Blade Length 4.375
Closed Length 5.625
Weight (oz) 7.6
About the Maker
Strider Knives is a privately owned and operated company devoted solely to the development and construction of edged tools designed to survive use in the harshest of conditions. The company was founded and is currently operated by former military personnel. The initial goal was to provide a field service knife constructed with the finest components available, yet affordable to the average enlisted man and within his maintenance abilities. The initial goal having been met, Strider Knives found a ready market for custom-edged weapons and tools with the same component quality requirements as the first highly successful field knives. Many of Striders available edged tools are drawn from customer's specific design requirements. Others are simply the company's ability to look at a potential work environment and design a prototype to be tested and assessed by the workers of that environment. The background of Strider Knives founders enables the company to assess requirements in diverse fields ranging from the average line soldier/marine through special operations, law enforcement and hunting to commercial diving. Various Strider designs have met and exceeded the requirements in each of these fields.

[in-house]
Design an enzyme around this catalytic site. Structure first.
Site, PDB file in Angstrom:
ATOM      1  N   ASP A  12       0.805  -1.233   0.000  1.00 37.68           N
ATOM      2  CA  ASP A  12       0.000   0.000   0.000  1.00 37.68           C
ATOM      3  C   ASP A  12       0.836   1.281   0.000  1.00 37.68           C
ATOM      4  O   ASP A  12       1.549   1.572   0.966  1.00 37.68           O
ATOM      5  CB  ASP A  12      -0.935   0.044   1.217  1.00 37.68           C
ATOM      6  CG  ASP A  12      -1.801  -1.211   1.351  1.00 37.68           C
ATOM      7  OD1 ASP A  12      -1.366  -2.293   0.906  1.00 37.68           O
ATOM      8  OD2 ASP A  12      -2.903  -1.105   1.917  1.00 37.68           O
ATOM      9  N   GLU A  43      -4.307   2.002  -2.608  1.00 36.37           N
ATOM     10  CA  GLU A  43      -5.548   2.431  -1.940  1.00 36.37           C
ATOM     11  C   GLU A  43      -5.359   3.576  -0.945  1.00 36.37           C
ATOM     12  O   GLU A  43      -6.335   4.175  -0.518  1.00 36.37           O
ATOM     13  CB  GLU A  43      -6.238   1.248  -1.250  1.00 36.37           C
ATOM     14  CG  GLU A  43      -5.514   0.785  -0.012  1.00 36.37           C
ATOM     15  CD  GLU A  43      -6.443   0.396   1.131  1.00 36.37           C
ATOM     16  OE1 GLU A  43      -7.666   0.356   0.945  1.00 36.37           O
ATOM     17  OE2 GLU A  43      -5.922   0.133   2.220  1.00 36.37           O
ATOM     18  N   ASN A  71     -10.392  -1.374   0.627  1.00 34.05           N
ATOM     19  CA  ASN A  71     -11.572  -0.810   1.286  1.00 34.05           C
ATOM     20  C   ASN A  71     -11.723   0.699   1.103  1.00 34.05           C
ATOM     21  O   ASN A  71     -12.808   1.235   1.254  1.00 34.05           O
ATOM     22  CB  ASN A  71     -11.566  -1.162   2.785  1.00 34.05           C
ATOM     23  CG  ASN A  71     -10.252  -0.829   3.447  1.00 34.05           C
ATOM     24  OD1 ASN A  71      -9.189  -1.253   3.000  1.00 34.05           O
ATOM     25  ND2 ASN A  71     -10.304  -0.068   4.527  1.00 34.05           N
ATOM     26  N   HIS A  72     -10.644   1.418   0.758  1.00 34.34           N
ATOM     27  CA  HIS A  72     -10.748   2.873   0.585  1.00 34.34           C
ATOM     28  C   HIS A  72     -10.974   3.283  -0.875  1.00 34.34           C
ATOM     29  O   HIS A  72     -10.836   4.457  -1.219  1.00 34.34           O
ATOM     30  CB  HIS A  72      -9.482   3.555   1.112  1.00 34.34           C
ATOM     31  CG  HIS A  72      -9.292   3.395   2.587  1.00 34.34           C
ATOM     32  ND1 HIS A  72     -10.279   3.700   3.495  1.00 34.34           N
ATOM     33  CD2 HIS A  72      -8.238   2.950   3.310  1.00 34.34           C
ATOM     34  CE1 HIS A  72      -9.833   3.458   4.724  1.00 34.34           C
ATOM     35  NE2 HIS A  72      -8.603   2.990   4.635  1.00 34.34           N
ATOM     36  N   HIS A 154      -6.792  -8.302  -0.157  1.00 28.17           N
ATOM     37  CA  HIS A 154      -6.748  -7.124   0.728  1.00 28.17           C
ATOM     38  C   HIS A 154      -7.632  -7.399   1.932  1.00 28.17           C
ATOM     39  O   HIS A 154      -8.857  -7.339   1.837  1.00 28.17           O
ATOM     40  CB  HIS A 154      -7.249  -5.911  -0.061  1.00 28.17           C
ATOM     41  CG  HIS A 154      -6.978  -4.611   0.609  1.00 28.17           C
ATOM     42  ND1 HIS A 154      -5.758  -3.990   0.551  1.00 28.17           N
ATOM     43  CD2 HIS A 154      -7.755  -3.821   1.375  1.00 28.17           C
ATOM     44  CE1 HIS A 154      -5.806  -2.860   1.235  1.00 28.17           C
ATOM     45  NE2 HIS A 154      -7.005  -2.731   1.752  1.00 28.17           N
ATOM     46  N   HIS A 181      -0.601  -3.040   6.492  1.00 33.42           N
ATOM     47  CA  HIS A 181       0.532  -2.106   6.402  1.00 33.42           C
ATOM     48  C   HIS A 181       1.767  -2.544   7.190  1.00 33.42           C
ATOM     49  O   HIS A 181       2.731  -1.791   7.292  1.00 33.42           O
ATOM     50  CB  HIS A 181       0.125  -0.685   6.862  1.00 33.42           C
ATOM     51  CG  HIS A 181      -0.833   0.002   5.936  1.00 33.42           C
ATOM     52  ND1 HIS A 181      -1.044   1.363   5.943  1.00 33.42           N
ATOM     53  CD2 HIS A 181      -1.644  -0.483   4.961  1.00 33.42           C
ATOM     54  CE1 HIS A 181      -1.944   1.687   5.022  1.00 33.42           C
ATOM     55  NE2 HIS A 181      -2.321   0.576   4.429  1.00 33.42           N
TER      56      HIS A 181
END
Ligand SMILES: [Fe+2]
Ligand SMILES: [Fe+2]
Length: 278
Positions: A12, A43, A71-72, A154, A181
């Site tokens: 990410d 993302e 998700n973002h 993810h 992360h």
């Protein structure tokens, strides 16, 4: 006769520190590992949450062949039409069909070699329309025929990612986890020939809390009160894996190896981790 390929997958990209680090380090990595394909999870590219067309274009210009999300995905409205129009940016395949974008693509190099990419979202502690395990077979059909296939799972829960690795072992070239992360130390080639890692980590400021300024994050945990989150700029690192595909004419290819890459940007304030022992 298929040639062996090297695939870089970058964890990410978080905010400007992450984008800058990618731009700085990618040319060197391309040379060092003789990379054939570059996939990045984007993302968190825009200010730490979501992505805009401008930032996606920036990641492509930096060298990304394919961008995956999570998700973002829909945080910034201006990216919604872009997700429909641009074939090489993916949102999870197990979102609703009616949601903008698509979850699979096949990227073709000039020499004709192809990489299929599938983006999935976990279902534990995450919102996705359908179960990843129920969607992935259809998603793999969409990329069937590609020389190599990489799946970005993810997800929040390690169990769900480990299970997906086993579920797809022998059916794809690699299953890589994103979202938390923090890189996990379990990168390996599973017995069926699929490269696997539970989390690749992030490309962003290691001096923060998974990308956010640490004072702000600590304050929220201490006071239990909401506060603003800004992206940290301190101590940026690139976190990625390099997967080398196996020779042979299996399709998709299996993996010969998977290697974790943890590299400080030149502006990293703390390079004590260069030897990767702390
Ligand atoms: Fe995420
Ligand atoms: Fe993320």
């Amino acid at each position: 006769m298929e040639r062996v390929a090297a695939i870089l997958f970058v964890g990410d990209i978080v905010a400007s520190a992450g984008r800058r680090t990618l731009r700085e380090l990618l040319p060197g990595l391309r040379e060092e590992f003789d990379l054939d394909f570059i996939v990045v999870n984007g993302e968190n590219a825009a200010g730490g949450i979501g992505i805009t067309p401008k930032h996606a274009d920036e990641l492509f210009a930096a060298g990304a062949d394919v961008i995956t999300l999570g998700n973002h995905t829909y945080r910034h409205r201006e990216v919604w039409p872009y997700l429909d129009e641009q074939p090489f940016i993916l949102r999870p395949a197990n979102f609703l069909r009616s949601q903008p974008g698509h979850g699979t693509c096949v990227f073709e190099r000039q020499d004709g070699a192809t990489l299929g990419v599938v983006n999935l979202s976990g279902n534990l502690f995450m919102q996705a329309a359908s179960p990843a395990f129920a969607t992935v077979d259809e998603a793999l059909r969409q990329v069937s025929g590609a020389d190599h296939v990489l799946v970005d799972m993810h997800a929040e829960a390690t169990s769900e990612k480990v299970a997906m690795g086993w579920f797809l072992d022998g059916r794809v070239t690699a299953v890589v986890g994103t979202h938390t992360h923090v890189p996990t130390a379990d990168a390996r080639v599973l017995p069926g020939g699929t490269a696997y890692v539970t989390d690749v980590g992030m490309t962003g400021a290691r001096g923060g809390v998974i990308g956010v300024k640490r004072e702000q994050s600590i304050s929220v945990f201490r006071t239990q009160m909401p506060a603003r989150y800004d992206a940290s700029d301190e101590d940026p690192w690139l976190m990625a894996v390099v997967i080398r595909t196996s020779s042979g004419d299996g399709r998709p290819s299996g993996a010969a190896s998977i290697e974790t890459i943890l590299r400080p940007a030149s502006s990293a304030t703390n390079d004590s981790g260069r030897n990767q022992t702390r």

In 1988, he began making specialized knives for use by the military. This turned out to be fortunate turn of events, both for Mick and for the knife using world at large. Mick’s approach was to not get burdened by the weight of past designs. He started with a tabula rasa, a clean slate, informed only by his own experiences and knowledge of what a soldier needed in a knife. The knives he made didn’t look like the hunter-inspired knives seen in most PXs; instead they were almost brutish in their functionality: beefy, solid, and with unbreakable ¼” stock full tangs. These knives were the first indication of his innovative approach: in addition to their utilitarian design, the knives carried a subdued finish and subdued sheaths. No one carrying a Strider knife was going to be spotted because of sunlight glinting off of polished steel or a glossy leather sheath. Soldiers, policemen, and other men going into harm’s way couldn’t buy them fast enough. Mick sampled some good ideas, but made them great. For instance, he was not the first to wrap a knife handle with paracord, but he was the first to do it in a way that was tough enough for sustained infantry use. His knife line grew over the following years to include different varieties of fixed blades, all distinctive and many with specialized uses. But constant in all of them was a disregard for convention, and a desire to try new ideas. An example of this was the Ajax – it featured a very wide blade surface clearly designed to inflict damage. It drew on the weapons carried by Roman legionnaires, yet was modern and usable in the 21stCentury battlefield. Mick also worked on his technical skills, always striving to become better at the physical craft. At the 2002 Blade Show, a group of the best tactical knifemakers in the country decided to compete with each other to produce the most innovative and interesting fixed “battle blade” at the show. Mick’s entry, an incredible integral knife made out of ½” titanium stock with a zippered composite blade, gorgeous handles, and integral guard was the unanimous winner, and effectively retired the competition.